Brazilian pop artist Anitta takes the cover story of WSJ. Magazine‘s November 2022 Innovator’s Issue lensed by fashion photographer Gregory Harris. In charge of styling was Edward Bowleg III, with set design from Heath Mattioli, and production by Camp Production. Beauty is work of hair stylist Jesus Guerrero, makeup artist Hrush Achemyan, and manicurist Temeka Jackson. WSJ. Magazine‘s 2022 Music Innovator Anitta, who will be honored at the magazine’s 12th Annual Innovator Awards along with 7 other cultural groundbreakers on Wednesday, November 2nd, talks about Envolver success, religious beliefs, the dangers of being politically outspoken in her country, and much more.
On her label wanting “Envolver” to be a duet with a male singer:
“I was so sure that it was going to be big. They were saying I couldn’t make it happen by myself.” Anitta went ahead solo.
Missy Elliot on Anitta’s relatability:
As Elliott says, Anitta may have an outsize stage presence and distinct it-factor, but her secret sauce is her relatability. “Immediately you connect with her,” Elliott says. “She feels like the girl up the street, even though you know she’s a star.”
On the skepticism of local industry folk about her global plans:
“They said, ‘Well, you can try to go international, but that’s impossible. Nobody’s ever made it, the last person was Carmen Miranda,’” she says. “Impossible? This word just makes me want to go for it.”
On being transparent about her plastic surgery, which include a nose job, jaw-shaping procedures and breast augmentations.
“It’s nothing to do with me not being happy with myself,” she says of the surgeries. “For me it’s like changing my hair.” She goes one step further: “Even if it’s not good or the way I expected, I still like the process. I like the adrenaline.”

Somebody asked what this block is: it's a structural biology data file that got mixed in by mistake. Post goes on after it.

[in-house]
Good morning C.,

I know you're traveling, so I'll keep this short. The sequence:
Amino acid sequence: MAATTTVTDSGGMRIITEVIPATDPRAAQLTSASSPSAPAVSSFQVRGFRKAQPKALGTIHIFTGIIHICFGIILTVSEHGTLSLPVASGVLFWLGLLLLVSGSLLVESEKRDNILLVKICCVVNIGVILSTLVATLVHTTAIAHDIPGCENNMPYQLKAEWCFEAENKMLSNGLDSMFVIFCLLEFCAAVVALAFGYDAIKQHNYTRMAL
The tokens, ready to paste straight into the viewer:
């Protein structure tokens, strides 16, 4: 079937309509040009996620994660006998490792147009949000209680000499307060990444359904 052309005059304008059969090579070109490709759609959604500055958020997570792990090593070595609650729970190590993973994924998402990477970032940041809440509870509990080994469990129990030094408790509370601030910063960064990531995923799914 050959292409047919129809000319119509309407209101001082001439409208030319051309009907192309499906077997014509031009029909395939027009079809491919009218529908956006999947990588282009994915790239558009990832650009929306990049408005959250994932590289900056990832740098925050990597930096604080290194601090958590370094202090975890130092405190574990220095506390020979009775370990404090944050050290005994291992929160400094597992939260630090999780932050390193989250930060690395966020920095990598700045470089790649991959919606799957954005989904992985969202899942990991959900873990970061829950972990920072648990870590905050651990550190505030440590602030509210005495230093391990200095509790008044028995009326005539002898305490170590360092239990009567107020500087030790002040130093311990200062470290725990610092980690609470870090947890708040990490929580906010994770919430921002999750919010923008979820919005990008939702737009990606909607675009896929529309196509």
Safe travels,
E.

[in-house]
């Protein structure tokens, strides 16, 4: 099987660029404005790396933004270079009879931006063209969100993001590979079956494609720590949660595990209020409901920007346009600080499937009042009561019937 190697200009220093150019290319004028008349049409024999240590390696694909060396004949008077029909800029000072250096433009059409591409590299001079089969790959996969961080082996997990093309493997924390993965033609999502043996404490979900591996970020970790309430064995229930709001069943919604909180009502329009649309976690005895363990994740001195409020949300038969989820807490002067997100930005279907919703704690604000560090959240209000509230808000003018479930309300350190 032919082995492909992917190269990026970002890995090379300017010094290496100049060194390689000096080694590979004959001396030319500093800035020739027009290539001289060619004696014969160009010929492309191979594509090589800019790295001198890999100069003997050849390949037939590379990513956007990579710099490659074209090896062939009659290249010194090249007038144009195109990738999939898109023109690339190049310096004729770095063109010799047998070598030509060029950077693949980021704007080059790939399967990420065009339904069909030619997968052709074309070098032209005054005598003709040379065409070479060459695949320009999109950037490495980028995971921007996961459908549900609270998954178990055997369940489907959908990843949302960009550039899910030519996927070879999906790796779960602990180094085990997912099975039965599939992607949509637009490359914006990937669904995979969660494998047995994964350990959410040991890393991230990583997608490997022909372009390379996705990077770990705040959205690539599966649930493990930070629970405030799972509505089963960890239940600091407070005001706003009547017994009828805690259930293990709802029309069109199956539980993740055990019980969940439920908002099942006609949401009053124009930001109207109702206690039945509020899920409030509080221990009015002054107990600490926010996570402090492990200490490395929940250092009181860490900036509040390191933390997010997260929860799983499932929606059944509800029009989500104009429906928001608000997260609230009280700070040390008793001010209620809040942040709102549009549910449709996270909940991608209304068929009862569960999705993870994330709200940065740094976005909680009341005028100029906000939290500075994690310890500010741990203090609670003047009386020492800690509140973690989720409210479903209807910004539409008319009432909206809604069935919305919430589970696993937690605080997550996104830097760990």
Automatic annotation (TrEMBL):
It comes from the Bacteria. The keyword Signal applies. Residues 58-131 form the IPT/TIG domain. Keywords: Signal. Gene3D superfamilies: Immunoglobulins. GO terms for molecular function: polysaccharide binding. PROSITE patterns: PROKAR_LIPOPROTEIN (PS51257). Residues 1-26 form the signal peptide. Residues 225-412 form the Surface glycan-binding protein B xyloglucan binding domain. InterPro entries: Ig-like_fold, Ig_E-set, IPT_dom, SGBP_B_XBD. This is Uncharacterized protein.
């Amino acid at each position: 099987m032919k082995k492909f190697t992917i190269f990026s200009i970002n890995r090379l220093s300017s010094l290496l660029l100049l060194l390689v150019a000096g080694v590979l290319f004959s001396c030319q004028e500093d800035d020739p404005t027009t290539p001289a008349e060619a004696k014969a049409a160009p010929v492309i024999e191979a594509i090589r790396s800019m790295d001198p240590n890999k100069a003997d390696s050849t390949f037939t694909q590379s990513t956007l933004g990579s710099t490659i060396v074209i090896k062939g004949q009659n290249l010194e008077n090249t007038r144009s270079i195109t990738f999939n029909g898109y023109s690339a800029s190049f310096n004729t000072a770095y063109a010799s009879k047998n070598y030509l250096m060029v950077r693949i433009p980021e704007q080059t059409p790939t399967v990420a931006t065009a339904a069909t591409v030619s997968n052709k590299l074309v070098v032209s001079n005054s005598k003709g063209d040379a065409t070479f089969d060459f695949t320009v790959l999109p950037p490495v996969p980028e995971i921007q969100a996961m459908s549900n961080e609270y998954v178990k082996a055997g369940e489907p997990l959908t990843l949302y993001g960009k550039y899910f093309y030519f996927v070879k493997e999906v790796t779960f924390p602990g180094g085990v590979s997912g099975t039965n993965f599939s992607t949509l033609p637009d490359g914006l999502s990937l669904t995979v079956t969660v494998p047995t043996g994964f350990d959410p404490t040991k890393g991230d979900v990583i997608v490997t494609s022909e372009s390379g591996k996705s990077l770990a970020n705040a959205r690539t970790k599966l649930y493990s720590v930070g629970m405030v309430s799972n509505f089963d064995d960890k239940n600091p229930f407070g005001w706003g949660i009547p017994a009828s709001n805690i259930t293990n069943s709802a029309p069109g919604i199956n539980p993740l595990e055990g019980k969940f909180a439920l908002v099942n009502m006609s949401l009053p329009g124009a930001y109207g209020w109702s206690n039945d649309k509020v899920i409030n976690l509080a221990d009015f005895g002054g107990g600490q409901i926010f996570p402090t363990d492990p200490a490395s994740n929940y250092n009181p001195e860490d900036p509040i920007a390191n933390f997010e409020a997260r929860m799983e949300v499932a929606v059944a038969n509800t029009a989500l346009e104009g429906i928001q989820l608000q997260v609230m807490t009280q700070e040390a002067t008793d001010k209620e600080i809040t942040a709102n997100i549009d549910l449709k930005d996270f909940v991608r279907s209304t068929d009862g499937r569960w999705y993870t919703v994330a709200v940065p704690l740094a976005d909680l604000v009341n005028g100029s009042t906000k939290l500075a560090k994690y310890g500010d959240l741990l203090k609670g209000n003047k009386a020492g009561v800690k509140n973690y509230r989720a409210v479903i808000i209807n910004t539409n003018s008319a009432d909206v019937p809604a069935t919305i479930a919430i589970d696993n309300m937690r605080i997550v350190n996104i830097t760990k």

J. Balvin, who calls Anitta his sister and frequent collaborator on the responsibility of representing your country on the world stage:
“There is a lot of pressure to say certain things or act in certain ways, not just for your country but for Latinos in general,” he says.
On being politically outspoken in her country (having recently spoken out against current Brazilian president Jair Bolsonaro’s far-right policies. Bolsonaro has in turn mocked her on Twitter):
“Half of the country wants to kill me, wants me to die, wants to punch me,” she says. “My family gets scared, I just tell them, Yeah, [if they] come kill me, [I] will haunt [them] forever as a ghost.”
On her religion:
She practices Candomblé, a Brazilian religion with roots in several African religions. It was passed down to her from her father. She’ll wear a customary all-white outfit, sweep the temple’s floors and do the congregation’s dishes—she says it makes her feel like a normal person. Followers of Candomblé believe that each person has a connection to a specific orixá, or spirit. Anitta says her orixá is Logun Ede, who spends half the year with his father and half the year with his mother, picking up dramatically different traits from each parent. Logun Ede exemplifies the duality that Anitta sees in herself: her sensitivity and her toughness. “After I understood this in my religion,” she says, “I understood myself.”
On whether she’ll sing and perform forever:
“Not forever. Hell, no.” She says she’ll keep making music for another five to six years, and then it’s time to end her singing career.
On her acting ambition:
She’s eager to “bring the butterflies,” as she describes it. “It’s pointless for me to keep pushing myself to keep doing things that won’t fulfill new dreams. I’ve already done what was impossible,” she says. “What is bigger than No. 1?”
This article is featured in WSJ. Magazine’s November Issue out on newsstands Saturday, November 12th. Photography © Gregory Harris for WSJ. Magazine, read more at wsj.com